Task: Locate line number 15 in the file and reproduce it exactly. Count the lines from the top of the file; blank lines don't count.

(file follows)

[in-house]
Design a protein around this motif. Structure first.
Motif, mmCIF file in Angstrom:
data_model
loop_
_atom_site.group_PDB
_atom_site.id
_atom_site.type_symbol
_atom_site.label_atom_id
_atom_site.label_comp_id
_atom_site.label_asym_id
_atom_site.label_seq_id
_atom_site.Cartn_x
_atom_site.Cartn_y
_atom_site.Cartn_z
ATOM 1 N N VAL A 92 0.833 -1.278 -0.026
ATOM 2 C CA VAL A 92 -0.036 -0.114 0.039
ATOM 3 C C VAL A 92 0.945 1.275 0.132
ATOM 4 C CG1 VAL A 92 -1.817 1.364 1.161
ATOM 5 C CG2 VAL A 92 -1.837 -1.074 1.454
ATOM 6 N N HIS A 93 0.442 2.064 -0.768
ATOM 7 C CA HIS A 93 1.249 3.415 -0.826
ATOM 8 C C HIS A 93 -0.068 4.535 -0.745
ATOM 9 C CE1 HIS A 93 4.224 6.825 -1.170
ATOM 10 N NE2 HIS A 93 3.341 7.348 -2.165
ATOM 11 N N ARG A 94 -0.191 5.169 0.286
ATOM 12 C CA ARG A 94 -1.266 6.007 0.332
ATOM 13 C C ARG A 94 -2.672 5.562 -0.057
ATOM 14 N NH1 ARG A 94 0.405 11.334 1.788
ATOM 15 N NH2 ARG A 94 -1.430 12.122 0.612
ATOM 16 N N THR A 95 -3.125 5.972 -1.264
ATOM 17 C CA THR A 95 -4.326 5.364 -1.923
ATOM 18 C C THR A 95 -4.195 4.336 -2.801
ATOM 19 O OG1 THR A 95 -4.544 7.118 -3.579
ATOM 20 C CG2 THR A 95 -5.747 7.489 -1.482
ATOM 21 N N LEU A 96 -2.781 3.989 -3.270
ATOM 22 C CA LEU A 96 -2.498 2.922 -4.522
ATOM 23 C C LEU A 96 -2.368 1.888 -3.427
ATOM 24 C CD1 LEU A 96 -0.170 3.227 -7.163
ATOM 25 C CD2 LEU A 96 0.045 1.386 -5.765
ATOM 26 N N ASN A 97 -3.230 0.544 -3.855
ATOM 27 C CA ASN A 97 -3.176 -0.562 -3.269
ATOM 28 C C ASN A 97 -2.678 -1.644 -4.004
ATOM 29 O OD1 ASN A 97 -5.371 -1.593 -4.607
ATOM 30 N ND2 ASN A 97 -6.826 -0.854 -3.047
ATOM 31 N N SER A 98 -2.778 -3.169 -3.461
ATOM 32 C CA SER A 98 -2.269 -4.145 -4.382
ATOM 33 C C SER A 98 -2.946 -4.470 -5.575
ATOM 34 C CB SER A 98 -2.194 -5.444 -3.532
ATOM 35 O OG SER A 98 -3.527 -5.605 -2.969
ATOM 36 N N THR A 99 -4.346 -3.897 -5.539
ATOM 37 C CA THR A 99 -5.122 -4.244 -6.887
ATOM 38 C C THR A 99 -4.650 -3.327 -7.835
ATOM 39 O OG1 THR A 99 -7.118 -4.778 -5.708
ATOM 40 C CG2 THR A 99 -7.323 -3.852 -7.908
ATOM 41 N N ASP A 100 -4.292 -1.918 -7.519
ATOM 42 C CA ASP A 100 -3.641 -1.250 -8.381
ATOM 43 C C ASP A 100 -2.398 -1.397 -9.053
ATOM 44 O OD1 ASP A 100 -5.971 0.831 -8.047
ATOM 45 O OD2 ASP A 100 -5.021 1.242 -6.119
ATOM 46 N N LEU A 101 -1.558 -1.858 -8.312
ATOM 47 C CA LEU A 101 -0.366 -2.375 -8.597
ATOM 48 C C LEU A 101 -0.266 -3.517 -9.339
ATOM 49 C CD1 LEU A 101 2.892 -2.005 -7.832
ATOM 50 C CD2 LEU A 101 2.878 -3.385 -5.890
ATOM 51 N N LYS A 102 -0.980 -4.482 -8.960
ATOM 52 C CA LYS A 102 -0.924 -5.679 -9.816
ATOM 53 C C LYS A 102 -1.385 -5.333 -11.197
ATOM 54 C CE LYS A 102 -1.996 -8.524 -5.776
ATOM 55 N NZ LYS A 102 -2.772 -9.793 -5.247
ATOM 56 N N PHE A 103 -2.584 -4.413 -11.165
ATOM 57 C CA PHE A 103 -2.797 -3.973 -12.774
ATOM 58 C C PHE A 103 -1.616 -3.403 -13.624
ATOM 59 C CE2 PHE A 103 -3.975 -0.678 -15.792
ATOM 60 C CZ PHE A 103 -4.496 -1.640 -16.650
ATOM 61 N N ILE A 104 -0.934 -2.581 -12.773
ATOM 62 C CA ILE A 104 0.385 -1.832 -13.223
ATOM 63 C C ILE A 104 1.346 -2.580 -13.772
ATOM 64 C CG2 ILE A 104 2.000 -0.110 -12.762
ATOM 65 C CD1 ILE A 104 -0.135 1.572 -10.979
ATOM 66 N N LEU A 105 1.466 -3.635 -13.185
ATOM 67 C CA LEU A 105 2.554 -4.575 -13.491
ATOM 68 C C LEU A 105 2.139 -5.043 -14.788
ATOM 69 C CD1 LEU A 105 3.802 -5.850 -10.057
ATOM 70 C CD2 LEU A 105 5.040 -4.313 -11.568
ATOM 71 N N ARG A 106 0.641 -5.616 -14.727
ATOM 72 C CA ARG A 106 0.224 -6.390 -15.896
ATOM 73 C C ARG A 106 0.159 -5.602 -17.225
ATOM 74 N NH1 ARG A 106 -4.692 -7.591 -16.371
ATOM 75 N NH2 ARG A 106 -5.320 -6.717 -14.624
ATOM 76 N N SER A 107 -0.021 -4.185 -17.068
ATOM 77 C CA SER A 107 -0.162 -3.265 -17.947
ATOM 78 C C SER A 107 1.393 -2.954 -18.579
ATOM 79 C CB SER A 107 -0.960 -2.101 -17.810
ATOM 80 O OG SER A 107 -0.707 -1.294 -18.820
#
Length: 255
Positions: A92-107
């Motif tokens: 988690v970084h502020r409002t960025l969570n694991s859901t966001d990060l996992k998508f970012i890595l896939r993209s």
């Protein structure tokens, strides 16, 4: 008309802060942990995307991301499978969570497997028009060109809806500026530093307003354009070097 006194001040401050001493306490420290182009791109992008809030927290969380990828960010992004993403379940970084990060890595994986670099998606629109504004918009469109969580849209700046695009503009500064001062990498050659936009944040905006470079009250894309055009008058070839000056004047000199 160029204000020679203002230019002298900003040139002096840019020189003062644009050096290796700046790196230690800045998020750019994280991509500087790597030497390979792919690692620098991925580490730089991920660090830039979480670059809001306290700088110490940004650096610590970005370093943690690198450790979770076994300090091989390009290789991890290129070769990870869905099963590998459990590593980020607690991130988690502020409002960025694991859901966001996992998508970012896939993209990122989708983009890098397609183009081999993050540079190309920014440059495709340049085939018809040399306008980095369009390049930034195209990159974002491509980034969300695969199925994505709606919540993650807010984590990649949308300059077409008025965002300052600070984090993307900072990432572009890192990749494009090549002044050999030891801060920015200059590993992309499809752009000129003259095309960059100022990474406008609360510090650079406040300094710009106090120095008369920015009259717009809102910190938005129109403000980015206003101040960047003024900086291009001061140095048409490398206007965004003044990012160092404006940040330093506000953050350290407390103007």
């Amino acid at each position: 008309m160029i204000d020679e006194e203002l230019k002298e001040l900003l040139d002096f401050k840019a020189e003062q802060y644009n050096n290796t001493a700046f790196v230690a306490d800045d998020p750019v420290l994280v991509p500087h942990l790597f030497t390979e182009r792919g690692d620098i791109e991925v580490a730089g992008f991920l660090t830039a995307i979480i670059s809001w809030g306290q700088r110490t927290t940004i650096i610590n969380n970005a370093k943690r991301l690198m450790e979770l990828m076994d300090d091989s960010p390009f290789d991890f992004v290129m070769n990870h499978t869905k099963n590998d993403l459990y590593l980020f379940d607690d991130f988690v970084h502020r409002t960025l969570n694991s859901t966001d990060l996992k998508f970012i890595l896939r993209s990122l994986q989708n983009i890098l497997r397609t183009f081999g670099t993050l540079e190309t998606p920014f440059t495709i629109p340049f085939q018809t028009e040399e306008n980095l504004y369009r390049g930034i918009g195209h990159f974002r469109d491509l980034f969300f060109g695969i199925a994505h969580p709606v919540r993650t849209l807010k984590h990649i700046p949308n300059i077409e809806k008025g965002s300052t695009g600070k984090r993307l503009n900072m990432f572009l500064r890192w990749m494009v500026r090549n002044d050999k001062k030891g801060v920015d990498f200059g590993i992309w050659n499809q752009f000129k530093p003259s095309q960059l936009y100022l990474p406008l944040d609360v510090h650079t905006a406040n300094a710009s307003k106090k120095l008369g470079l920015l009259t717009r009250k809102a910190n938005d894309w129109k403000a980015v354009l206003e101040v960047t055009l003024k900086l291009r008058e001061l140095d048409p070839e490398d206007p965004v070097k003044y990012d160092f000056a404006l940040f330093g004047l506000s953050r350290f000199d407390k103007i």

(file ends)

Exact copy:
_atom_site.Cartn_z